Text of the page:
I already subscribe to the newsletter and get the free printables – isn’t this just the same thing?
Yes and no. The format is exactly the same with every concept explained simply on one page. So if you love the format of the free printables, then you’ll love this too. The book also contains some of the sample printables that are available for free on the website. But most of the book contains exclusive content that’s not available for free anywhere else.
There is already so much free information online on impact and evaluation for charities – how is this any different?
With so much information out there, it can be difficult to know where to start and what to trust. Another problem is that people don’t know what they don’t know – so it’s not even clear what information you should be looking for. This book is the result of years of my own efforts trawling through the information that’s out there, sorting out what is reliable and what you absolutely need to know. Let me save you the effort.
I am a trustee – do I really need this level of detail?
Possibly not. It depends on how active a role you play within the charity. But what’s for sure is that all trustees need a basic level of understanding of impact. In the UK, trustees have a legal duty to ensure the charity is carrying out its purposes for the public benefit. You can find full details of trustees’ obligations to impact measurement in the Charity Commission guidance. This book will give you that basic grounding and some more in case you do need to play a more hands-on role.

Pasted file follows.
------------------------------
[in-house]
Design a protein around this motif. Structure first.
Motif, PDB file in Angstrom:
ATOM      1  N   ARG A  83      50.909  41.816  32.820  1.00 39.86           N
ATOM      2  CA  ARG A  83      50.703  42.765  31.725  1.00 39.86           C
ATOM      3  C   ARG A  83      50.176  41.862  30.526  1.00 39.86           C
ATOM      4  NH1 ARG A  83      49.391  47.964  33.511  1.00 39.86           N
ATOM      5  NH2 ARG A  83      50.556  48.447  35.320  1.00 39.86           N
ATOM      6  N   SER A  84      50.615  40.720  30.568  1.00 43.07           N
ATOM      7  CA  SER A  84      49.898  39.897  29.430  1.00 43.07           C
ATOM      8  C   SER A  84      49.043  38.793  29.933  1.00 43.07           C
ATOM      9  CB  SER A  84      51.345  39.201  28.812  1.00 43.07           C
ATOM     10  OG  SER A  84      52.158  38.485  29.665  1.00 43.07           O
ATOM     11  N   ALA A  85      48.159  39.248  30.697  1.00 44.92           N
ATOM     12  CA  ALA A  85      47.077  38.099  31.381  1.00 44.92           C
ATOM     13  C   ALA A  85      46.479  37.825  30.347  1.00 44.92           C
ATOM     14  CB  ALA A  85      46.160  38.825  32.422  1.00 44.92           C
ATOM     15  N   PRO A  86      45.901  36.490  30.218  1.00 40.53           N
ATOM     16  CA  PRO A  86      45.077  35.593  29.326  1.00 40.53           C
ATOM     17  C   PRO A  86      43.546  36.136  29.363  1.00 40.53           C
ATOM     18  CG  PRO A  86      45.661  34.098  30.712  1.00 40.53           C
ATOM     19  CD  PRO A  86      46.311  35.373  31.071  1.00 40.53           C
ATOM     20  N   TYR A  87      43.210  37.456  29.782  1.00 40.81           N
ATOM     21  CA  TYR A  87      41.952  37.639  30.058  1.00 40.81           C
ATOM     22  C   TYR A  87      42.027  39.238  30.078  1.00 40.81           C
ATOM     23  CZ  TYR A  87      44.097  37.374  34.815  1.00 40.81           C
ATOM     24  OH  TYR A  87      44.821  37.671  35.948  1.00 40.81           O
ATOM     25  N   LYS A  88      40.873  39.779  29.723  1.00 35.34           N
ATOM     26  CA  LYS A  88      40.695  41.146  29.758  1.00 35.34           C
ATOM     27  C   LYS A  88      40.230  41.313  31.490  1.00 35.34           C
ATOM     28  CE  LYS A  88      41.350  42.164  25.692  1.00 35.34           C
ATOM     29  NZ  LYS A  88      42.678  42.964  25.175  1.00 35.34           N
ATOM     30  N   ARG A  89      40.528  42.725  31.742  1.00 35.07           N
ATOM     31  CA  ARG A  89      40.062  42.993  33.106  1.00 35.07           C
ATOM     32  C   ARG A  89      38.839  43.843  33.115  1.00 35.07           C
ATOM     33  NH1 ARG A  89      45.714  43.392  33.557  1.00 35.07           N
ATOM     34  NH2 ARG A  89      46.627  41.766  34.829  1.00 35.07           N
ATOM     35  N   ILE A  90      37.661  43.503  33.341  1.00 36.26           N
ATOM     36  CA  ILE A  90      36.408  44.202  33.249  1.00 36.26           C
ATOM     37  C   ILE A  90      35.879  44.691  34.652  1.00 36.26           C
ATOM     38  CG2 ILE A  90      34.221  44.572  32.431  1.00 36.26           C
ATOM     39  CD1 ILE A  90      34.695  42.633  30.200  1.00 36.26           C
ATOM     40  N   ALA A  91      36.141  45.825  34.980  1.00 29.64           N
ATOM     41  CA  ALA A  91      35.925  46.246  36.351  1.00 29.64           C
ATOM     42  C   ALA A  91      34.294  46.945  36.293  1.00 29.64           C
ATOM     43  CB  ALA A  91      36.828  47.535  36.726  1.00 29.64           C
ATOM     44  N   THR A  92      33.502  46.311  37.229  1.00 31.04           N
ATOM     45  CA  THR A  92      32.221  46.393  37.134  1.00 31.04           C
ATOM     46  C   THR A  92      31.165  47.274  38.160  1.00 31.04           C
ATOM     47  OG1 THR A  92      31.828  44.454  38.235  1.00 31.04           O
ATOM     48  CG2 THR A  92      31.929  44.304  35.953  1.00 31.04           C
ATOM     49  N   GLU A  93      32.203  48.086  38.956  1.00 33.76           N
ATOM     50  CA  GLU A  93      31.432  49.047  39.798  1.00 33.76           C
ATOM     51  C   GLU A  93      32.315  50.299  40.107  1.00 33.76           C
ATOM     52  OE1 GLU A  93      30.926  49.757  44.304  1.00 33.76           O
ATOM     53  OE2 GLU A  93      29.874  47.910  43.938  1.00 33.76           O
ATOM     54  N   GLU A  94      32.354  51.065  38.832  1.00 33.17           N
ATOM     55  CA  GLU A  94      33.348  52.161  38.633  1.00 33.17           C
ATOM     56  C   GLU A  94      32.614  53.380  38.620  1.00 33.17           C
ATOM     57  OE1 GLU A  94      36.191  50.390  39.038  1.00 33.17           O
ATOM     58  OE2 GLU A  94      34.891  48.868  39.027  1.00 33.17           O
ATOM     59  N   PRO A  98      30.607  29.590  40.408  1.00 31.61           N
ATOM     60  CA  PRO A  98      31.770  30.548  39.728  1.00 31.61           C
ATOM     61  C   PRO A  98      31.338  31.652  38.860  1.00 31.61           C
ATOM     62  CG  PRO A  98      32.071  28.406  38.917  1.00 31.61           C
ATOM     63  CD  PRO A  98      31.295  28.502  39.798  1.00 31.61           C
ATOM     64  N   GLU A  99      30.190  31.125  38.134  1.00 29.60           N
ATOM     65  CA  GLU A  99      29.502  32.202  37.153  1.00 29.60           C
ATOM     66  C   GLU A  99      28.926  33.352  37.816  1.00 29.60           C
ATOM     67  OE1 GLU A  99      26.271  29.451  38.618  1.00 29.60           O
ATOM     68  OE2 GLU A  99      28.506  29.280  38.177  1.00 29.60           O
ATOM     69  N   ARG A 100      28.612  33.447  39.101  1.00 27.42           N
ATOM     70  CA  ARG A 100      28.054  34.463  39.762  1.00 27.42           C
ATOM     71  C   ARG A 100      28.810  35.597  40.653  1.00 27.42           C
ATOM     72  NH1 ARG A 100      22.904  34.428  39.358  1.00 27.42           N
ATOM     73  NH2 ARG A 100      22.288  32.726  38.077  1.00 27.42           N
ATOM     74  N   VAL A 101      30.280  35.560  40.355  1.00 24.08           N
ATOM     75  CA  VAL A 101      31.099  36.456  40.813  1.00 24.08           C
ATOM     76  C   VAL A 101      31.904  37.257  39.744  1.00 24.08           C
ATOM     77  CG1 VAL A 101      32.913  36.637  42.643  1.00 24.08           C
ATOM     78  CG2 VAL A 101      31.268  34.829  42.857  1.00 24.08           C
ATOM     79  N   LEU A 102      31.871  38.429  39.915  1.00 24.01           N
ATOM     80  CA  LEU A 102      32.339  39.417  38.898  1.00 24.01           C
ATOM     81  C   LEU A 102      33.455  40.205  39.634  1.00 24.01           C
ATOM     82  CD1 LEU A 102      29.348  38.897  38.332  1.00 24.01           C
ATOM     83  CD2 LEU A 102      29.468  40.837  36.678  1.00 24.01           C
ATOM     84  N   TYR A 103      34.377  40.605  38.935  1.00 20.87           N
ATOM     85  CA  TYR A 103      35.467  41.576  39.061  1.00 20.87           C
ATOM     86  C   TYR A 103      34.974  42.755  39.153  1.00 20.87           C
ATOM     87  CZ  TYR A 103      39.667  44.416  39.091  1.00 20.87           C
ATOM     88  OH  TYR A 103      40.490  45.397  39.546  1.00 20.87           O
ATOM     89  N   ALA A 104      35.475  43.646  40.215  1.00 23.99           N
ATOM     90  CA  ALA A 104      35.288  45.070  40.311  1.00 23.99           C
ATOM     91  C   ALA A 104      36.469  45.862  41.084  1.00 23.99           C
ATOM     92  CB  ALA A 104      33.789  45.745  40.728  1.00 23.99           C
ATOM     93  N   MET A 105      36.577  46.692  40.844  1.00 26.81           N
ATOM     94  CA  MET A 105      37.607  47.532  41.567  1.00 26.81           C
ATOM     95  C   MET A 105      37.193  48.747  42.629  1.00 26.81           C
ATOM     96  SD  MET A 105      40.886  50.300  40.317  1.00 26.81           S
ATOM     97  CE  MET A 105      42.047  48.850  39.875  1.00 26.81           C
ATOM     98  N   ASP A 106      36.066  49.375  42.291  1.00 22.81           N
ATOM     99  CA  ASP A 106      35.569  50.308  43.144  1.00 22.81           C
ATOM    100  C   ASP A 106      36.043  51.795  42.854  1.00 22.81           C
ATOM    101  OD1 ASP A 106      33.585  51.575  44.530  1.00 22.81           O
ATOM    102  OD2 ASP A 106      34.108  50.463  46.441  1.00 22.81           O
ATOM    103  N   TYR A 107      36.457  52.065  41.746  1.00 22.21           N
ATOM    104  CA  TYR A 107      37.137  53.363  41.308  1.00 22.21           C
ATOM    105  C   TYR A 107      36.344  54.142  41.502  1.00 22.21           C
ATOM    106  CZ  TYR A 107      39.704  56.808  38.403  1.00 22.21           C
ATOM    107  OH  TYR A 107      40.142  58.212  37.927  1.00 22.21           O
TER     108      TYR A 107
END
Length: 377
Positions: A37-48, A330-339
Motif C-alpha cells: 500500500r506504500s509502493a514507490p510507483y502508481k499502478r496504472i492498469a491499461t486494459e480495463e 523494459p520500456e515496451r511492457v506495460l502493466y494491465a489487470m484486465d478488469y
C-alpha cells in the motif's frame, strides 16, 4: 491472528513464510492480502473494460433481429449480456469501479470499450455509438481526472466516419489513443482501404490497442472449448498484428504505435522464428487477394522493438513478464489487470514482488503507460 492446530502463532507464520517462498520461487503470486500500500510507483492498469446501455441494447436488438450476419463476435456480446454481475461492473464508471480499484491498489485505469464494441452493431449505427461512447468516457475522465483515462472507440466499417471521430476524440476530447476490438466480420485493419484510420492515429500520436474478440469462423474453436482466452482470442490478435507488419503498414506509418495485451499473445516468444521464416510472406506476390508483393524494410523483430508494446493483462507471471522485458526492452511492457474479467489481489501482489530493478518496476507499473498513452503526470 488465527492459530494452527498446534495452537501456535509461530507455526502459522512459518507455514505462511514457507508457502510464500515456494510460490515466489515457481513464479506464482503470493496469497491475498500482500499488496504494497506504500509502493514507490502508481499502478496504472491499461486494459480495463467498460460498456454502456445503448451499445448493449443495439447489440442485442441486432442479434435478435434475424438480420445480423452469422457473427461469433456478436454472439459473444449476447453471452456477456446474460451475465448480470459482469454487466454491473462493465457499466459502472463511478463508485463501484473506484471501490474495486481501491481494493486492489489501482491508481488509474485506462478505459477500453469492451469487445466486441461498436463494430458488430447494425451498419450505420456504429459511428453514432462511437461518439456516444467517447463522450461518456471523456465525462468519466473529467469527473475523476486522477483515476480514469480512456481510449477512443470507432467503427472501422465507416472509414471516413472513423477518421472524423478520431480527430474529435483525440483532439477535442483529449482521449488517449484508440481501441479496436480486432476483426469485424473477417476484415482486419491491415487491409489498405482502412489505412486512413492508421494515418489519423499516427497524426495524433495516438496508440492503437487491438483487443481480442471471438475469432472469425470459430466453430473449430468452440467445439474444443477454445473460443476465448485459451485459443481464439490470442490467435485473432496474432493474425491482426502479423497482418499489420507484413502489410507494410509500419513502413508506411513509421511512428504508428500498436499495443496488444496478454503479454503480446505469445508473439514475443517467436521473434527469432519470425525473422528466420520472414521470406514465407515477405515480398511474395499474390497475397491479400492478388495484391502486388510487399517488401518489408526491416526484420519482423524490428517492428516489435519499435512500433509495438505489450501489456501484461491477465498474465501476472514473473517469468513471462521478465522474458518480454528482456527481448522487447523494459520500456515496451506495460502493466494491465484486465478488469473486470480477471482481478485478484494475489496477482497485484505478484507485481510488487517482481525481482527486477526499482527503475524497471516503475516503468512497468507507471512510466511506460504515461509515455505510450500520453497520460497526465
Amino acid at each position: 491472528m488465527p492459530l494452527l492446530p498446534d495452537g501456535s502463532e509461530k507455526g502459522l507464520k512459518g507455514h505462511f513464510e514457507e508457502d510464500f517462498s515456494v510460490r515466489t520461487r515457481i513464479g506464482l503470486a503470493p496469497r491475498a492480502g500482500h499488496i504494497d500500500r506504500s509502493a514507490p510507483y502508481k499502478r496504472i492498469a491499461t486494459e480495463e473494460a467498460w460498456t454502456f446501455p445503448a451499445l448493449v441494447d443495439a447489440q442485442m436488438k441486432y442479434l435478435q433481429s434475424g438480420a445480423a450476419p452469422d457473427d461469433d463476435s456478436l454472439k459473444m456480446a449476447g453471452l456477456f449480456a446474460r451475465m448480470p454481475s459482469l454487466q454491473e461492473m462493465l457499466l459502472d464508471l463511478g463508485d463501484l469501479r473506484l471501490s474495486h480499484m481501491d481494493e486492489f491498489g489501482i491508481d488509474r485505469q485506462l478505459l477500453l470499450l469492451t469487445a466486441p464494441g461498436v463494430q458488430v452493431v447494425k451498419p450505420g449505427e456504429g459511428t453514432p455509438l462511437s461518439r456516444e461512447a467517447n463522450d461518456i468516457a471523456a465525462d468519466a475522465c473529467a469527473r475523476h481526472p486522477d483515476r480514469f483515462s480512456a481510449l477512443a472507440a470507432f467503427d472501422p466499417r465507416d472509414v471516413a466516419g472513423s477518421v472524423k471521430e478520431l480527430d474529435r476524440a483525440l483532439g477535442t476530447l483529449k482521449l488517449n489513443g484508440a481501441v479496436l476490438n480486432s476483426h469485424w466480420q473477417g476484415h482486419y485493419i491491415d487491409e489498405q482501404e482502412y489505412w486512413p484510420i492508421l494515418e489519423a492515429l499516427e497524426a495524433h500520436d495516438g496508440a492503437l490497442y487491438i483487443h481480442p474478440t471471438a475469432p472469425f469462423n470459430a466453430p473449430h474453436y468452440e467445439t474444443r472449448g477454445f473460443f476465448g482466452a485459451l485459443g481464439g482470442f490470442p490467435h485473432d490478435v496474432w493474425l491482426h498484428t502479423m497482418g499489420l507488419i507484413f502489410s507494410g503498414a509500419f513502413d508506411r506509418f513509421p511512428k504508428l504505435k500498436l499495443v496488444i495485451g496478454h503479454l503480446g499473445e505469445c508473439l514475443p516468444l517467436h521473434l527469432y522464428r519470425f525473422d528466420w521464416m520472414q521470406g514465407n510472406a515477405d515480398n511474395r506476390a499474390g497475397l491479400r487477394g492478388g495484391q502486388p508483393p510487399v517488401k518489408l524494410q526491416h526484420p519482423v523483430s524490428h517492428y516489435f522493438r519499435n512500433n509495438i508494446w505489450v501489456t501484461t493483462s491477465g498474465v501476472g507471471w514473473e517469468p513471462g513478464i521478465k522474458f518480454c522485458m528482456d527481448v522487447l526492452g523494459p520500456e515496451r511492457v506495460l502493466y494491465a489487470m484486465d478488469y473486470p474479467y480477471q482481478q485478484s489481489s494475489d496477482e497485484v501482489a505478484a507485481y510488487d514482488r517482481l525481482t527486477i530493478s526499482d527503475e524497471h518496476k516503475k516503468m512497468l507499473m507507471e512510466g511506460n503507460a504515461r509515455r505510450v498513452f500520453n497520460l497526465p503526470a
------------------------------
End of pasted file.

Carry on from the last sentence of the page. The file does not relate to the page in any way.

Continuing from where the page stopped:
I don’t currently work in the charity sector but I would like to – is this still relevant to me?
Absolutely. If you don’t have previous experience working in the charity sector, then being able to demonstrate that you understand the language and practices will be even more important because you won’t have experience to rely on. Impact is (or should be) at the heart of everything charities do, so improving your knowledge in this area will serve you well whatever role you’re going for. You might even end up knowing more than your colleagues when you do get the job!
I am already a monitoring and evaluation professional – will this help me at all?
Yes. With so much information out there on an incredibly vast topic there is always new information to learned. But even if none of this is new to you, you still might find it helpful to have a document where you can refer to everything in one place – especially for processes and checklists. Our memories are never 100% reliable!
I already have monitoring and evaluation professionals in my team – do I really need this?
If you work in the charity and are relying on other colleagues to tell you what your impact is, you put yourself in a vulnerable position. Monitoring and evaluation professionals should be there to share advanced knowledge, bring consistency across the organisation and provide the extra time and support needed so frontline staff can focus more of theirs on the frontline. But everyone has responsibility for their own impact and should therefore have a basic understanding of the topic.
I'm not based in the UK - will this be useful still?
Some of the source material referenced and some of the tips are based on UK initiatives and organisations. The theory however which most of the printables are based on are relevant anywhere in the world and represent good practice regardless of the country you are operating from.
Still have questions that you want to ask before you decide to buy? Drop me a message by emailing firstname.lastname@example.org and I’ll be happy to answer any questions you have.